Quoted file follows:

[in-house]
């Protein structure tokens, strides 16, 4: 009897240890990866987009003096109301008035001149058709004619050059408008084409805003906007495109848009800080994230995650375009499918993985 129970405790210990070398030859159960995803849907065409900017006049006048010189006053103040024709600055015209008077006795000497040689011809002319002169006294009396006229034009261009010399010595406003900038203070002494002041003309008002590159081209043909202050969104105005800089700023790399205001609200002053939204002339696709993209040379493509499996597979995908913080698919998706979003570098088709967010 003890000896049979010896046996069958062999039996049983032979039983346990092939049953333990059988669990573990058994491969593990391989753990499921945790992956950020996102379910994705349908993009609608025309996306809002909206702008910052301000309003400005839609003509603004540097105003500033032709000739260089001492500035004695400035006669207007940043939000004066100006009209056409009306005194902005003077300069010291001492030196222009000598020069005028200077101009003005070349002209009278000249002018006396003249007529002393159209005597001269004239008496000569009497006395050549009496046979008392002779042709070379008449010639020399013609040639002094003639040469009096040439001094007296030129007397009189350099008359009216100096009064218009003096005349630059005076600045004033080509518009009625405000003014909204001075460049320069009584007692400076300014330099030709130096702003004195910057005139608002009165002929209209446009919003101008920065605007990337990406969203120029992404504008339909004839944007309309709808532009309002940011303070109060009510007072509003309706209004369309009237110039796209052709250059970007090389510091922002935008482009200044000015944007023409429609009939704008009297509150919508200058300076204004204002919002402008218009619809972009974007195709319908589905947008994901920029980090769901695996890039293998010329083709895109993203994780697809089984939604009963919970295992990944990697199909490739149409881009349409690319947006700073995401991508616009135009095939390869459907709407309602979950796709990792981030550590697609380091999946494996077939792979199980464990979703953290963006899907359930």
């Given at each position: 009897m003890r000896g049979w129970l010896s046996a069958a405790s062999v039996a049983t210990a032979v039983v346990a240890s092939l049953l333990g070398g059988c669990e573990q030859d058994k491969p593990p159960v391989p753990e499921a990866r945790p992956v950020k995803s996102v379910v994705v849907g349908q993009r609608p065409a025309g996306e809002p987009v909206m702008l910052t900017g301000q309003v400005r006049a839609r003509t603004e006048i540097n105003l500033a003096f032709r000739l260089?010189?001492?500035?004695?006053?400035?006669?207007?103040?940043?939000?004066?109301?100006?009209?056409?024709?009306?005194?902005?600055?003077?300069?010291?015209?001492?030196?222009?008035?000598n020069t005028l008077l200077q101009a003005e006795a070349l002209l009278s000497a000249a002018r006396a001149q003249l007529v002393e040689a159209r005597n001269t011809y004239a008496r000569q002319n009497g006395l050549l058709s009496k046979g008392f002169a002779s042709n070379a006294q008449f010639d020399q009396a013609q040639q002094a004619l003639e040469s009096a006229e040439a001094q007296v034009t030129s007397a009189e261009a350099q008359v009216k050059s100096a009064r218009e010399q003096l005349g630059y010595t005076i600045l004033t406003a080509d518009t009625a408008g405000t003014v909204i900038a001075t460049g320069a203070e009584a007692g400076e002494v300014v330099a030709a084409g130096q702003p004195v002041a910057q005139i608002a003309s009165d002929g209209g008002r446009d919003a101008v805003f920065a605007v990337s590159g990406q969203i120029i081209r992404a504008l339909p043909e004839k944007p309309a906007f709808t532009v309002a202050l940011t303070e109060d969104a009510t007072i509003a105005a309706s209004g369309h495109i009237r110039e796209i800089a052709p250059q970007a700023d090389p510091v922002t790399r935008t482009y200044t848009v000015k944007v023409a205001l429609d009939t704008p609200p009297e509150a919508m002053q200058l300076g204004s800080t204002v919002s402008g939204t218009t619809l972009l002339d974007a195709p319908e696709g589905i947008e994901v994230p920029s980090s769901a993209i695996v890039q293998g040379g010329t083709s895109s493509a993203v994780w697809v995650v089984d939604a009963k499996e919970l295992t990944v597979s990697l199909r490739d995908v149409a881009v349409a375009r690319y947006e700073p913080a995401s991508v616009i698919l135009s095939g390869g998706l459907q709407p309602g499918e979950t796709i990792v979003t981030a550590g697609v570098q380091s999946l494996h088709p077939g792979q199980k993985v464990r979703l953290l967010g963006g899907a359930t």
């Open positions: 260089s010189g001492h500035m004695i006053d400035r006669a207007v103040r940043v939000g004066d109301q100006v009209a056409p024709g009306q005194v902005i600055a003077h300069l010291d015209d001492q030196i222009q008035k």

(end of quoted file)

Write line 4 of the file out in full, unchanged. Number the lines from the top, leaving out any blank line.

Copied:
């Open positions: 260089s010189g001492h500035m004695i006053d400035r006669a207007v103040r940043v939000g004066d109301q100006v009209a056409p024709g009306q005194v902005i600055a003077h300069l010291d015209d001492q030196i222009q008035k």